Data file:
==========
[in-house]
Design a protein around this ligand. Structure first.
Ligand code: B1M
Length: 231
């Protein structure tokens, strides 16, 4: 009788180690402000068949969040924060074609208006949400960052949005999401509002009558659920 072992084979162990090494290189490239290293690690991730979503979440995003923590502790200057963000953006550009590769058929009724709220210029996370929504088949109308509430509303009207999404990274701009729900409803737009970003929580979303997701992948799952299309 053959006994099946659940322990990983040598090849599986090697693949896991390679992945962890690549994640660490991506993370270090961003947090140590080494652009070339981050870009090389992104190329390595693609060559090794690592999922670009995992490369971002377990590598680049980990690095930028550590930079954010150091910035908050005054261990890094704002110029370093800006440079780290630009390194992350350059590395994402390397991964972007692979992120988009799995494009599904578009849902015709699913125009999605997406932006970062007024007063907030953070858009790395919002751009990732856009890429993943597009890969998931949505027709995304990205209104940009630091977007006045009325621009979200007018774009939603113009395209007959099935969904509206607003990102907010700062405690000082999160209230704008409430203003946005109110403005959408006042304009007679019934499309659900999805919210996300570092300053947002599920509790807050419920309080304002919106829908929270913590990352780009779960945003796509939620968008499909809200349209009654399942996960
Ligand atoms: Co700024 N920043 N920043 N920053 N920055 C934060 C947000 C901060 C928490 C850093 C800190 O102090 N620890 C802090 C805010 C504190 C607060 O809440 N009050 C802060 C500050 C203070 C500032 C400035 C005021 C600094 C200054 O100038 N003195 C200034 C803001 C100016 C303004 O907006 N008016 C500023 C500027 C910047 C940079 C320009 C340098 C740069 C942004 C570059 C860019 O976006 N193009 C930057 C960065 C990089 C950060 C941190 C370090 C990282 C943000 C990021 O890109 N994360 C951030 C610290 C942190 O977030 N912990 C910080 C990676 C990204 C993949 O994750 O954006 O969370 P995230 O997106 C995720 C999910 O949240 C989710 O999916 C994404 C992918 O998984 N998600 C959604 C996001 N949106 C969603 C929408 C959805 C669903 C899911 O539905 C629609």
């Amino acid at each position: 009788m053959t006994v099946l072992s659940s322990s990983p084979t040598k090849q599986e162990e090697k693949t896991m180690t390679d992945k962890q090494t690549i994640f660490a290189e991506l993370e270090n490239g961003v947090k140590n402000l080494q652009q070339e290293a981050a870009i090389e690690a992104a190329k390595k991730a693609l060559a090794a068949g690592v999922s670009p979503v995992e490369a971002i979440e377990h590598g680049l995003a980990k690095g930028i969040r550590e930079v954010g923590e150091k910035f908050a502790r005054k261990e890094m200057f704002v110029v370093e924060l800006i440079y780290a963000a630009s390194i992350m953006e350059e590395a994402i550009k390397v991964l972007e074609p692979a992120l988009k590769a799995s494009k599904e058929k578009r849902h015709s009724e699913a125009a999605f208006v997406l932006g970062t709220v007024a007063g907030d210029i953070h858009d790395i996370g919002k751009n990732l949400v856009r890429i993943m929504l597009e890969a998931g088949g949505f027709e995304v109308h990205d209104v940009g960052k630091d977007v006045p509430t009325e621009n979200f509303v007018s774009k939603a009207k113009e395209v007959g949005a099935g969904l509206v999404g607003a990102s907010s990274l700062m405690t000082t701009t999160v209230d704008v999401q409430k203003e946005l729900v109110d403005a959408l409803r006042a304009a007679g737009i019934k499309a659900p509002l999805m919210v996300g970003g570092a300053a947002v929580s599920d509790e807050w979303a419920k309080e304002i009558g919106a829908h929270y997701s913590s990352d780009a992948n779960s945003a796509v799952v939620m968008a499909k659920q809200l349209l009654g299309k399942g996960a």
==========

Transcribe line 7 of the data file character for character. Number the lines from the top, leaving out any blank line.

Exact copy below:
């Amino acid at each position: 009788m053959t006994v099946l072992s659940s322990s990983p084979t040598k090849q599986e162990e090697k693949t896991m180690t390679d992945k962890q090494t690549i994640f660490a290189e991506l993370e270090n490239g961003v947090k140590n402000l080494q652009q070339e290293a981050a870009i090389e690690a992104a190329k390595k991730a693609l060559a090794a068949g690592v999922s670009p979503v995992e490369a971002i979440e377990h590598g680049l995003a980990k690095g930028i969040r550590e930079v954010g923590e150091k910035f908050a502790r005054k261990e890094m200057f704002v110029v370093e924060l800006i440079y780290a963000a630009s390194i992350m953006e350059e590395a994402i550009k390397v991964l972007e074609p692979a992120l988009k590769a799995s494009k599904e058929k578009r849902h015709s009724e699913a125009a999605f208006v997406l932006g970062t709220v007024a007063g907030d210029i953070h858009d790395i996370g919002k751009n990732l949400v856009r890429i993943m929504l597009e890969a998931g088949g949505f027709e995304v109308h990205d209104v940009g960052k630091d977007v006045p509430t009325e621009n979200f509303v007018s774009k939603a009207k113009e395209v007959g949005a099935g969904l509206v999404g607003a990102s907010s990274l700062m405690t000082t701009t999160v209230d704008v999401q409430k203003e946005l729900v109110d403005a959408l409803r006042a304009a007679g737009i019934k499309a659900p509002l999805m919210v996300g970003g570092a300053a947002v929580s599920d509790e807050w979303a419920k309080e304002i009558g919106a829908h929270y997701s913590s990352d780009a992948n779960s945003a796509v799952v939620m968008a499909k659920q809200l349209l009654g299309k399942g996960a």